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Four Legs Law

Dogs Dangerously Out of Control

Dogs dangerously out of control

Section 3 The Dangerous Dogs Act 1991

This applies to every single dog in England and Wales.

This can be brought against the owner of the dog and the person in charge of a dog if a dog is dangerously out of control.

This applies in your own home and garden, as well as in public places.

Dangerously out of control is defined as ‘on any occasion on which there are grounds for reasonable apprehension that it will injure any person or assistance dog’

If you receive a summons to attend a Magistrates Court under section 3 of the Dangerous Dogs Act 1991 it may be extremely serious, and vital you seek legal assistance without delay. The Court has the power to impose severe penalties including the destruction of the dog and a prison sentence for the owner/ person in charge of the dog.
Section 2 Dogs Act 1871

This is a civil complaint, although heard in a Magistrates Court, this is generally brought if a dog is not under proper control and is considered a danger. It applies to public and private places. A single incident is generally insufficient to prove a dog is dangerous (unless in exceptional circumstances).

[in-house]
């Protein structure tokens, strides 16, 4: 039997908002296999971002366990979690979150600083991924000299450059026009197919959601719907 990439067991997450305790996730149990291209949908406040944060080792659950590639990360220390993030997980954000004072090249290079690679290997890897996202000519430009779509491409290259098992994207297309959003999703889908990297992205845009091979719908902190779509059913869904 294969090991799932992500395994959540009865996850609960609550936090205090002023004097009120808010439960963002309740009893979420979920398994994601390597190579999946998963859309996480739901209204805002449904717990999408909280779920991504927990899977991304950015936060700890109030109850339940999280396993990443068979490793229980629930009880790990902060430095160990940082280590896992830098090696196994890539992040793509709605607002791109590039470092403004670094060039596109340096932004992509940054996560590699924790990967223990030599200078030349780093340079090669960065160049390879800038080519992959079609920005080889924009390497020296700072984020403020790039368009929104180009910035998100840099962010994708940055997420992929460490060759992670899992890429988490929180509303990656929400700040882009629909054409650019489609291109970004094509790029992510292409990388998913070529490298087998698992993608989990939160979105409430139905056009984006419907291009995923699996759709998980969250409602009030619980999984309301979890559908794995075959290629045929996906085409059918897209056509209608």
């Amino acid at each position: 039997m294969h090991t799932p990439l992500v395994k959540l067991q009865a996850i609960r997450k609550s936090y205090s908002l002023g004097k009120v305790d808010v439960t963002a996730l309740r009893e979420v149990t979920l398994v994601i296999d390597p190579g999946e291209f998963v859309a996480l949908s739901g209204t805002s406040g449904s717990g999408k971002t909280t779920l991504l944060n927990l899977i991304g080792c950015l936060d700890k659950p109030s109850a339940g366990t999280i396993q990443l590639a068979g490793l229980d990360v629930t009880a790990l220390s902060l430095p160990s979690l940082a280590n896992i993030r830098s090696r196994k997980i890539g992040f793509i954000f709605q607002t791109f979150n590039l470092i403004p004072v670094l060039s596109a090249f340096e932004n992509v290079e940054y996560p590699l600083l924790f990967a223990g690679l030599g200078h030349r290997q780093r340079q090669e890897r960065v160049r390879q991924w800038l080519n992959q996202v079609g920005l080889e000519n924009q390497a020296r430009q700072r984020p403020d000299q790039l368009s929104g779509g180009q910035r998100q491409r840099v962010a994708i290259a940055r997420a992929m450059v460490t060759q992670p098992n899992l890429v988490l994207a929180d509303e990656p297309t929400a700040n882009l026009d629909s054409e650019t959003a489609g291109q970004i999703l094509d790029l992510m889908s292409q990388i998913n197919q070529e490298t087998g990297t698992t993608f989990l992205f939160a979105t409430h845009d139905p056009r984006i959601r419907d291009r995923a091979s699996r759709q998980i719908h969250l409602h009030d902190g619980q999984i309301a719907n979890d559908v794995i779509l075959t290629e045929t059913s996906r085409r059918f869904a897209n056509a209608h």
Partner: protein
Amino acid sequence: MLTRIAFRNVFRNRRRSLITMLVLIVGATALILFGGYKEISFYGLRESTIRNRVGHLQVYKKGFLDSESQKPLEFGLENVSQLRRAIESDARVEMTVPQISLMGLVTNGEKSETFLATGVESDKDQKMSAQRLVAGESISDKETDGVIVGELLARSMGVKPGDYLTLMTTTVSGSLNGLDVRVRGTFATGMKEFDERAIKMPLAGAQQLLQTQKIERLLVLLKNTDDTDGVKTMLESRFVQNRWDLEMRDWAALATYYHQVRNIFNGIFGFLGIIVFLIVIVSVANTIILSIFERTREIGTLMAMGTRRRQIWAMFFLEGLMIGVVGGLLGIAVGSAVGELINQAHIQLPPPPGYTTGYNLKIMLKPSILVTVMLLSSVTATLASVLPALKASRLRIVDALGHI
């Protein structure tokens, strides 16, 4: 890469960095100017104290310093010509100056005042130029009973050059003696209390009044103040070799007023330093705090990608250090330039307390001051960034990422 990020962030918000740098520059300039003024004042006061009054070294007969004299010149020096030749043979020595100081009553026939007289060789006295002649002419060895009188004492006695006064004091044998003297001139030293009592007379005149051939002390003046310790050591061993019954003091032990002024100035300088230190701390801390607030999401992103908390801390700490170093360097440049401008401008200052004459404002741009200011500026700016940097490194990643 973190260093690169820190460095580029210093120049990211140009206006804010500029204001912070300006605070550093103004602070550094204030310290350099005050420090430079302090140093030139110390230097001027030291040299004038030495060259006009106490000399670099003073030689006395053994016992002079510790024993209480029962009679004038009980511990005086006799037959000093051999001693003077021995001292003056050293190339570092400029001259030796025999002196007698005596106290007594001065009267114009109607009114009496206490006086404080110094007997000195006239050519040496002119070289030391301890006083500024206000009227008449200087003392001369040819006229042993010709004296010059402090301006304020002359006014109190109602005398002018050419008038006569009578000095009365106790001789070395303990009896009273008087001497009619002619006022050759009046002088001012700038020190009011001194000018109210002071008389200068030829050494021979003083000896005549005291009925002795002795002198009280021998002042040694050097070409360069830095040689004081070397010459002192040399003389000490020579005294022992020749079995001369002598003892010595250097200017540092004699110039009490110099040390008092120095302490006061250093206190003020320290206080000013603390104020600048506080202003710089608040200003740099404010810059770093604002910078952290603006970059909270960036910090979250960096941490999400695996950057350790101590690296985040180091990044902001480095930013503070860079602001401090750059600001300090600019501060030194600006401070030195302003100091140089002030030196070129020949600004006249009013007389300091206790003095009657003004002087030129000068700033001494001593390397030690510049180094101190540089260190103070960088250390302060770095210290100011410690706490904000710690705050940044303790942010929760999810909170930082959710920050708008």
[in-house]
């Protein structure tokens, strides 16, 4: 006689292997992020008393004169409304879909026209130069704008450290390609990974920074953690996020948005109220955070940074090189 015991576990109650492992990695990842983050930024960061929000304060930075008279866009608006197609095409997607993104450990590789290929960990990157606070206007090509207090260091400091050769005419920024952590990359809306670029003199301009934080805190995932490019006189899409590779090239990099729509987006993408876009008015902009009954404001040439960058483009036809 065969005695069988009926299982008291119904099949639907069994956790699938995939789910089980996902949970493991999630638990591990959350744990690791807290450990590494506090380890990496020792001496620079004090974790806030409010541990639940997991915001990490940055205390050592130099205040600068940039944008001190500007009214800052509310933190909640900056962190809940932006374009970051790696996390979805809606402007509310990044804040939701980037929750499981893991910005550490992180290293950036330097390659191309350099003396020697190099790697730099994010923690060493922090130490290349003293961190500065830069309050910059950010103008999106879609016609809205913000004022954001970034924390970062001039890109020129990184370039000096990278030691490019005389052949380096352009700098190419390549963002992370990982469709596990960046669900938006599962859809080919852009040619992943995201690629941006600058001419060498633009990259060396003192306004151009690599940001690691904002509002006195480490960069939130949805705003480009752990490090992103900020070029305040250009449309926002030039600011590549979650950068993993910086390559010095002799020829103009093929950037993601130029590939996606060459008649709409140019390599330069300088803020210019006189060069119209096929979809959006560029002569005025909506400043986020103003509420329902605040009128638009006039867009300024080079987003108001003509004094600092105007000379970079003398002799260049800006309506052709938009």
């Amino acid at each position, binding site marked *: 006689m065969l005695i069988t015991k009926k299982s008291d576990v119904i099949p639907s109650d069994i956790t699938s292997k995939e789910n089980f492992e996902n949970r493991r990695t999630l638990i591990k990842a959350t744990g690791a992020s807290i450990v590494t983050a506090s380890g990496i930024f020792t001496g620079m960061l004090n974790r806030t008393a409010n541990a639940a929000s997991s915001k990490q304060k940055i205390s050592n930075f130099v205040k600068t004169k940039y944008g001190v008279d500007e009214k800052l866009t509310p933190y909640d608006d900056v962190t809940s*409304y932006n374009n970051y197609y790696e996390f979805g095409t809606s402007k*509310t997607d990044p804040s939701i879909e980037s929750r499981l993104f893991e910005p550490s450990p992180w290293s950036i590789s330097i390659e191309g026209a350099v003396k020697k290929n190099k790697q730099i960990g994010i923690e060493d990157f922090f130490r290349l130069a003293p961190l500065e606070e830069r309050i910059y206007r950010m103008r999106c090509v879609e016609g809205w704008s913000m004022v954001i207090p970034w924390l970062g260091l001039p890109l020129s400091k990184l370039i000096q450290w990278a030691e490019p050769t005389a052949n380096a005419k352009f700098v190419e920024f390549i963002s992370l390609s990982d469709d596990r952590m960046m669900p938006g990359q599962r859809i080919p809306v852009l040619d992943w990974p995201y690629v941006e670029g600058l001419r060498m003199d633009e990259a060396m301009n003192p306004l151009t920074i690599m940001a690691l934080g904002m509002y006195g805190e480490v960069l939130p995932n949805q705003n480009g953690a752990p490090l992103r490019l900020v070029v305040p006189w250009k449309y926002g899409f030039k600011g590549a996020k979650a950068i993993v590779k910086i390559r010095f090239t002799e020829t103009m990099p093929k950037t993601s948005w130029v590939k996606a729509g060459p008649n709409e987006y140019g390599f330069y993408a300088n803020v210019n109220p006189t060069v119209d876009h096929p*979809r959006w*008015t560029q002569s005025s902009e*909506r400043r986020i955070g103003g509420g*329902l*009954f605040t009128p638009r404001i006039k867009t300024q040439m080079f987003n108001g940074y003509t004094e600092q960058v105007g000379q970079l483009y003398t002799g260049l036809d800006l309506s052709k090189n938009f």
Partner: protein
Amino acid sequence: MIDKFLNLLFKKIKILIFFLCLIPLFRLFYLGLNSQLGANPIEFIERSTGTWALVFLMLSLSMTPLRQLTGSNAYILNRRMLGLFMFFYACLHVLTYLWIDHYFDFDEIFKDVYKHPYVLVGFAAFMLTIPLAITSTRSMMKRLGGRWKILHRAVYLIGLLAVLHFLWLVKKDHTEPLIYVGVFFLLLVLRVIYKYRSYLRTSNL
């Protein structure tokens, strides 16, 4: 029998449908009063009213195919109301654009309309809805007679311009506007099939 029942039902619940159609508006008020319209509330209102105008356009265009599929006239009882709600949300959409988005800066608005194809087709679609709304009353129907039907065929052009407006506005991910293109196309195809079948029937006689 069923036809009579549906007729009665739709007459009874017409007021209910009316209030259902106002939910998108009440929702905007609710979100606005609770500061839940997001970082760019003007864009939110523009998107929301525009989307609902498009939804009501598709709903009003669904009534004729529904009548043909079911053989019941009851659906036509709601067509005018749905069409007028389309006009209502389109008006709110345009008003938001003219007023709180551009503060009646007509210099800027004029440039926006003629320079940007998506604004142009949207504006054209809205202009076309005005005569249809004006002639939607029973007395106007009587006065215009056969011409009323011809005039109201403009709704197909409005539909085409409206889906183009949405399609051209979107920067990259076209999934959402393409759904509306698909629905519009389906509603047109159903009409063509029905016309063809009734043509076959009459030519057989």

There is no power for the police to seize a dog under Section 2 Dogs Act 1871 and there is no presumption in favour of the destruction of the dog. A destruction order is very rare; it is more likely a Control Order will be put in place and the owner will have to pay costs.

Proceedings can also only be brought again by the owner (not the person in charge of the dog).
Given the recent extension of the Dangerous Dogs Act 1991 to include private property this section is likely to be used less in the future.

Dogs (Protection of Livestock) Act 1953

If a dog chases or attacks livestock, either on agricultural land or in a field containing livestock, the owner has committed an offence under the act. The Police have the power to seize the dog. Under this act, the maximum penalty is a fine but it could also lead to a destruction order being made under section 2 Dogs Act 1871.
It is very important to seek legal advice immediately – expert evidence is vital in these cases as the courts take a serious stance when livestock has been killed.

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Dogs Dangerously Out of Control